Starting next year, the aviation industry will be included in Europe’s cap and trade program—joining electricity producers and other heavy industries that already have to lower their emissions, or pay for their excess greenhouse gas pollution by buying allowances. Airlines based in the U-S and other countries are challenging the new rule, saying Europe has no right to impose regulations on foreign airlines. An Advocate General at the European Court of Justice issued an opinion Thursday that the requirement is legal under international law. Bill Hemmings with Transport and Environment, a Brussels-based non-profit that intervened in the case – says the industry really doesn’t have much to complain about. “The cost is extremely modest. The costs will be passed in their entirety to passengers. All of these objections seem to be a way for international airlines to avoid their responsibilities for the climate.” E-U officials estimate that transatlantic ticket prices would rise just six to twelve euros – about eight to sixteen dollars. The full court won’t rule on the matter till next year, though it usually affirms the preliminary opinion. The EU emission rules for aviation are slated to go into effect January 1st. Liam Moriarty, FSRN, Normandy, France.

New US unemployment statistics

The Bureau of Labor Statistics announced today that the US created 103-thousand jobs in September, and official unemployment still hovers at 9.1 percent. However, that rate climbs to 16.5 percent when including individuals who have given up or are unable to look for work, or are working only part-time but want to work full time. The official unemployed percentage of African Americans, 16.1 percent, is more than double that of white Americans, at 8 percent. And nearly 45 percent of the unemployed have been looking for work for more than 6 months.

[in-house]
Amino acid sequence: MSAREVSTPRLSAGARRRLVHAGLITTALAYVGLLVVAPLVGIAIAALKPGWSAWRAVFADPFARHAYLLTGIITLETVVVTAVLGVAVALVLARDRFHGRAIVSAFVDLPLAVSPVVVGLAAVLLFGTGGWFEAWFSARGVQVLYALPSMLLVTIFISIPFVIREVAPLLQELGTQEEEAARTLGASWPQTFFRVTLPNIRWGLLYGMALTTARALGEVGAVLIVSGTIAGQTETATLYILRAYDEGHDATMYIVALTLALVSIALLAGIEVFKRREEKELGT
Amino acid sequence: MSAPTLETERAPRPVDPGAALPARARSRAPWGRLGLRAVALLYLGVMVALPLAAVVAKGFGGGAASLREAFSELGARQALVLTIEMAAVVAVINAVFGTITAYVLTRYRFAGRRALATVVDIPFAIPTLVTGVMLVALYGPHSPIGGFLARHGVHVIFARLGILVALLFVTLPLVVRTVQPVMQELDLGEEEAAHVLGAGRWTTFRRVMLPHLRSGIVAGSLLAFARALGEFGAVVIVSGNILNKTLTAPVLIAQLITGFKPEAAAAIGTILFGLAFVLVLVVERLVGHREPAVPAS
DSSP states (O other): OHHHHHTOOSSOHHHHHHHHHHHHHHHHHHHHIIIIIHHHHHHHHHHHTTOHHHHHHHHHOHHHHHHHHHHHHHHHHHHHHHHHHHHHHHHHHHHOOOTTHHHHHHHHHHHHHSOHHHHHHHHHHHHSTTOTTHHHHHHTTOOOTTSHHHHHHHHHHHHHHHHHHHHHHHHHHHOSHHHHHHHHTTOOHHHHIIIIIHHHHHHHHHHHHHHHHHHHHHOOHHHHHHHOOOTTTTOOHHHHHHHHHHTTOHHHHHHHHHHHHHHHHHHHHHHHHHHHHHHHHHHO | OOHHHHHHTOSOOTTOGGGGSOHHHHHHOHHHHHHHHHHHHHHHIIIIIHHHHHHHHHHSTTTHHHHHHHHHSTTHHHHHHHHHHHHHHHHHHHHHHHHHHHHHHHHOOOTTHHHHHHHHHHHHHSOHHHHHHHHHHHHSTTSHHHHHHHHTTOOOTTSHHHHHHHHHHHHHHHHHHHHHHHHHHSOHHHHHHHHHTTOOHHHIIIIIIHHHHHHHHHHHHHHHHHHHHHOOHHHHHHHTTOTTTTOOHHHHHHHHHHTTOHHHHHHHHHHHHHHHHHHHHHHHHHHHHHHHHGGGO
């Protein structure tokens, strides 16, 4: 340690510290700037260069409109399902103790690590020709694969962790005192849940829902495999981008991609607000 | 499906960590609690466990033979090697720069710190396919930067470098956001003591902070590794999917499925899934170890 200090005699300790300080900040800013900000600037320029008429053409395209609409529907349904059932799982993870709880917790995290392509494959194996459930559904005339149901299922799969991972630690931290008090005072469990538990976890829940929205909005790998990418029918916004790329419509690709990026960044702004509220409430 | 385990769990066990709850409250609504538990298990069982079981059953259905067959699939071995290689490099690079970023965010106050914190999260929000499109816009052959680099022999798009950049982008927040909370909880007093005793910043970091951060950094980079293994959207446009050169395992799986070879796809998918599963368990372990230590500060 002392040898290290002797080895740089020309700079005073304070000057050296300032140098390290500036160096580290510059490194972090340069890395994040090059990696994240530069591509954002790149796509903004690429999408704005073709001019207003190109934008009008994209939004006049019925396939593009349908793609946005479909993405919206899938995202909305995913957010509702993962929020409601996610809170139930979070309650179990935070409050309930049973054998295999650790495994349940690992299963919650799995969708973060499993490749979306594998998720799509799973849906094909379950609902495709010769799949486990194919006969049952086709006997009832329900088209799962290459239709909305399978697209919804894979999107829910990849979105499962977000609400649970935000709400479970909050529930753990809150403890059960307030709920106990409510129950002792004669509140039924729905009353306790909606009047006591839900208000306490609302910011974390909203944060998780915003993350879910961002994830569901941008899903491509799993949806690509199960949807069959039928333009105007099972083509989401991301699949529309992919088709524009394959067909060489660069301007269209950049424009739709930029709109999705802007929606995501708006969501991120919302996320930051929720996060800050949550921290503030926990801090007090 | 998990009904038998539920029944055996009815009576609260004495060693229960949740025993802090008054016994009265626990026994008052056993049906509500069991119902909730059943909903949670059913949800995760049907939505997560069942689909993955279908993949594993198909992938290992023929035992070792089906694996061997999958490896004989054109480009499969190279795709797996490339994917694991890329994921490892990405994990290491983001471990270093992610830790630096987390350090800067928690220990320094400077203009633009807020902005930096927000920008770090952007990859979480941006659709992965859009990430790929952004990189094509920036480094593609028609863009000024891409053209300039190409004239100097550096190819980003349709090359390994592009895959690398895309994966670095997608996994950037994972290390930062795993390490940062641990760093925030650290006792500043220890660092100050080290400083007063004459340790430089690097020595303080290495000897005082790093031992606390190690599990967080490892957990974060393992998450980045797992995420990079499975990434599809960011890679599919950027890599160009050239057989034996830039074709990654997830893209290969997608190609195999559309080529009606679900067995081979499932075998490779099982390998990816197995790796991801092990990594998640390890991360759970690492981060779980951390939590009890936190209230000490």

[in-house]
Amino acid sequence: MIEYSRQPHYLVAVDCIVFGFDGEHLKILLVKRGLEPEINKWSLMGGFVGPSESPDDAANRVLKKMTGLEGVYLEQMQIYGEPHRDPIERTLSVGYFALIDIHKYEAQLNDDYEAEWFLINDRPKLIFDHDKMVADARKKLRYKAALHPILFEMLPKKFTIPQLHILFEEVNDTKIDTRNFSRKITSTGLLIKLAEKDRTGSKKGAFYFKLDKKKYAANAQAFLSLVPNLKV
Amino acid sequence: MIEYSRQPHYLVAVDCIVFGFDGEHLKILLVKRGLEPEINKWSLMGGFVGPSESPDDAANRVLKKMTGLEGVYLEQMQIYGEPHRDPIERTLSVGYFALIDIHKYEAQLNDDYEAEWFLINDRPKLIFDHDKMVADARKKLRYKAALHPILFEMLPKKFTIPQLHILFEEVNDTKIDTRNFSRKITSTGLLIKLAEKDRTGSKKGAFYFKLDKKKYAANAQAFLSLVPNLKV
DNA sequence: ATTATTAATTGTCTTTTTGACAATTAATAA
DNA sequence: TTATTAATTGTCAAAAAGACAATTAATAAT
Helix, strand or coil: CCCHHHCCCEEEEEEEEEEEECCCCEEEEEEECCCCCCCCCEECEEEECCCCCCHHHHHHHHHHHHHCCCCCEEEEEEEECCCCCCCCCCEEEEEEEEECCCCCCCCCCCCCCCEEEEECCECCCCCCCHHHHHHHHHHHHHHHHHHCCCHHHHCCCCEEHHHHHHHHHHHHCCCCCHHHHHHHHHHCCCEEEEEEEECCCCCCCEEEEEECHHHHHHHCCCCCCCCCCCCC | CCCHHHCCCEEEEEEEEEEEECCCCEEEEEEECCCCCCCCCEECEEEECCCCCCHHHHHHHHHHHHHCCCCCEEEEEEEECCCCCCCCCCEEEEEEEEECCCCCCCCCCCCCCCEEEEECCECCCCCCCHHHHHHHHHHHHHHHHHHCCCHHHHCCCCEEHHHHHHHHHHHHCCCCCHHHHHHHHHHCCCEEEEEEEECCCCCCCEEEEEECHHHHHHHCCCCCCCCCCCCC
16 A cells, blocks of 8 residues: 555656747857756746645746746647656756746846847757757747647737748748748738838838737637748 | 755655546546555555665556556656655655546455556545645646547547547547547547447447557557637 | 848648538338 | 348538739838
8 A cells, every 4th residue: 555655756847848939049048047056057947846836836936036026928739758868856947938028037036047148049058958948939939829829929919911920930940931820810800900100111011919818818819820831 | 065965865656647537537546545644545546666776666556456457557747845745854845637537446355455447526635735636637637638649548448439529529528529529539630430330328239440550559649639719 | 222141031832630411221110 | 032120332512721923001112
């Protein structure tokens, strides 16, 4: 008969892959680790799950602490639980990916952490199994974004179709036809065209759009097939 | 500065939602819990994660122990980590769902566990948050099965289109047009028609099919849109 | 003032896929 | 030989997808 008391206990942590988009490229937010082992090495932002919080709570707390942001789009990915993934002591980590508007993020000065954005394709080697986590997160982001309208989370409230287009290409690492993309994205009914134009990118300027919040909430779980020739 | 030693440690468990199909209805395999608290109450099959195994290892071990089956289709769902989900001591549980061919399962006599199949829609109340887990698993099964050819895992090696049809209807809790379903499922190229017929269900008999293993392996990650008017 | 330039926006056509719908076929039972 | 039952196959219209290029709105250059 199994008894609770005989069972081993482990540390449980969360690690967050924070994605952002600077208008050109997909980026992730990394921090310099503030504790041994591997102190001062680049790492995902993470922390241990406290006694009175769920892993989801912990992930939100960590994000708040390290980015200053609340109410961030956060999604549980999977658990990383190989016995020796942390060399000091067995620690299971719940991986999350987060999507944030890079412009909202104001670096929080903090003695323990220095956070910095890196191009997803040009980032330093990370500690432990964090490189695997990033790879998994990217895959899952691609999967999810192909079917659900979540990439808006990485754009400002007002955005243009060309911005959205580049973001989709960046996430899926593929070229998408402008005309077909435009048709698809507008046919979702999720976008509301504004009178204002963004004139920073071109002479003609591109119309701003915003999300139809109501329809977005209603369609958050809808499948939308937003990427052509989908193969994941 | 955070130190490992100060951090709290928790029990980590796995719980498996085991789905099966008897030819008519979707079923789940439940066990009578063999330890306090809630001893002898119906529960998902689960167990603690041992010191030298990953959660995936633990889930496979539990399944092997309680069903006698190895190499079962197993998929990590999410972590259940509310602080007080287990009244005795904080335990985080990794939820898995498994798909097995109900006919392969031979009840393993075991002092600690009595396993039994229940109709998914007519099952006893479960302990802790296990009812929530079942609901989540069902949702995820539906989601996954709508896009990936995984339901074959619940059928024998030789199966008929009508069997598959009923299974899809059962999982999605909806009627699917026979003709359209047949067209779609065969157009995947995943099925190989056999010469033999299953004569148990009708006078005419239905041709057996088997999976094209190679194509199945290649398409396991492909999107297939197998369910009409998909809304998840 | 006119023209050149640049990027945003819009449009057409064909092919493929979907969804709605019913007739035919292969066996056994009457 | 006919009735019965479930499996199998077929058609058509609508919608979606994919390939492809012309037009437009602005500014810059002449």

Split verdict in Queens murder trial

The Queens Supreme Court issued a verdict Thursday with far reaching implications for domestic violence survivors. Noelle Hanrahan has the story.

After a month-long trial, Barbara Sheenan was acquitted of 2nd degree murder. Sheehan had admitted shooting retired NYC police sergeant Raymond Sheehan eleven times in February 2008 at their home in Howard Beach Queens. She also testified about decades of domestic violence. The jury began the week by telling the court that they were hopelessly deadlocked. After instruction from the bench that they could deliver a split verdict, they announced an acquittal on the murder charge, and a guilty verdict on criminal possession of a weapon. Sheehan will turn herself in and serve time at Rikers Island while she awaits sentencing in November.  The weapons charge carries a minimum three year and potential 15 year sentence. Sheehan told reporters her arrest was something of a mixed blessing. “Being arrested was horrible and it was degrading and humiliating but I actually felt safer in jail than I did in my own house with my husband.” Sheehan’s attorney Michael Dowd told FSRN that he is researching whether the weapons charge can stand without a conviction on the primary crime. Noelle Hanrahan FSRN, Queens


Afghans mark decade of war with calls for US withdrawal